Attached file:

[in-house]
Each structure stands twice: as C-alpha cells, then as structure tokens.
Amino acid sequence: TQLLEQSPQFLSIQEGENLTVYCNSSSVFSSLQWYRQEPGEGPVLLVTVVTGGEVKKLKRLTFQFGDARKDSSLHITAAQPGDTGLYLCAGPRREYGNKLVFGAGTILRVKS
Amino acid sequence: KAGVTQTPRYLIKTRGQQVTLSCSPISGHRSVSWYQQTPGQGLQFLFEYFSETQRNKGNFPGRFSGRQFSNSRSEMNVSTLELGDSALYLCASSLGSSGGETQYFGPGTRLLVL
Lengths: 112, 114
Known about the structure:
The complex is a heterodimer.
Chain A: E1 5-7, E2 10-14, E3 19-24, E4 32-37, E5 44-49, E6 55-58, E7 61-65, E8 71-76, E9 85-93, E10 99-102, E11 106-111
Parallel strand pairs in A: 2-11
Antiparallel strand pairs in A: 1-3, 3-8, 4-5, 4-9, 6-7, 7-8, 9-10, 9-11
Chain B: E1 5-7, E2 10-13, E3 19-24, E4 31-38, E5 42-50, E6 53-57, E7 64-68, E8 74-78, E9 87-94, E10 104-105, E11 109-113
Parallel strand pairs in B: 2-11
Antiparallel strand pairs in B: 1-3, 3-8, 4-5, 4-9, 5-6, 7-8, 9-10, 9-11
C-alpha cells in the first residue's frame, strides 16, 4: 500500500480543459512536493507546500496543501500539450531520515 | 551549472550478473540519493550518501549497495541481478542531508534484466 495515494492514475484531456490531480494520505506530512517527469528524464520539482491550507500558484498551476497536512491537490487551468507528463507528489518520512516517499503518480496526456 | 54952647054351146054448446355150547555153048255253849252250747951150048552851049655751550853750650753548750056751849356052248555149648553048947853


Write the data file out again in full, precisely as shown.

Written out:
[in-house]
Each structure stands twice: as C-alpha cells, then as structure tokens.
Amino acid sequence: TQLLEQSPQFLSIQEGENLTVYCNSSSVFSSLQWYRQEPGEGPVLLVTVVTGGEVKKLKRLTFQFGDARKDSSLHITAAQPGDTGLYLCAGPRREYGNKLVFGAGTILRVKS
Amino acid sequence: KAGVTQTPRYLIKTRGQQVTLSCSPISGHRSVSWYQQTPGQGLQFLFEYFSETQRNKGNFPGRFSGRQFSNSRSEMNVSTLELGDSALYLCASSLGSSGGETQYFGPGTRLLVL
Lengths: 112, 114
Known about the structure:
The complex is a heterodimer.
Chain A: E1 5-7, E2 10-14, E3 19-24, E4 32-37, E5 44-49, E6 55-58, E7 61-65, E8 71-76, E9 85-93, E10 99-102, E11 106-111
Parallel strand pairs in A: 2-11
Antiparallel strand pairs in A: 1-3, 3-8, 4-5, 4-9, 6-7, 7-8, 9-10, 9-11
Chain B: E1 5-7, E2 10-13, E3 19-24, E4 31-38, E5 42-50, E6 53-57, E7 64-68, E8 74-78, E9 87-94, E10 104-105, E11 109-113
Parallel strand pairs in B: 2-11
Antiparallel strand pairs in B: 1-3, 3-8, 4-5, 4-9, 5-6, 7-8, 9-10, 9-11
C-alpha cells in the first residue's frame, strides 16, 4: 500500500480543459512536493507546500496543501500539450531520515 | 551549472550478473540519493550518501549497495541481478542531508534484466 495515494492514475484531456490531480494520505506530512517527469528524464520539482491550507500558484498551476497536512491537490487551468507528463507528489518520512516517499503518480496526456 | 54952647054351146054448446355150547555153048255253849252250747951150048552851049655751550853750650753548750056751849356052248555149648553048947853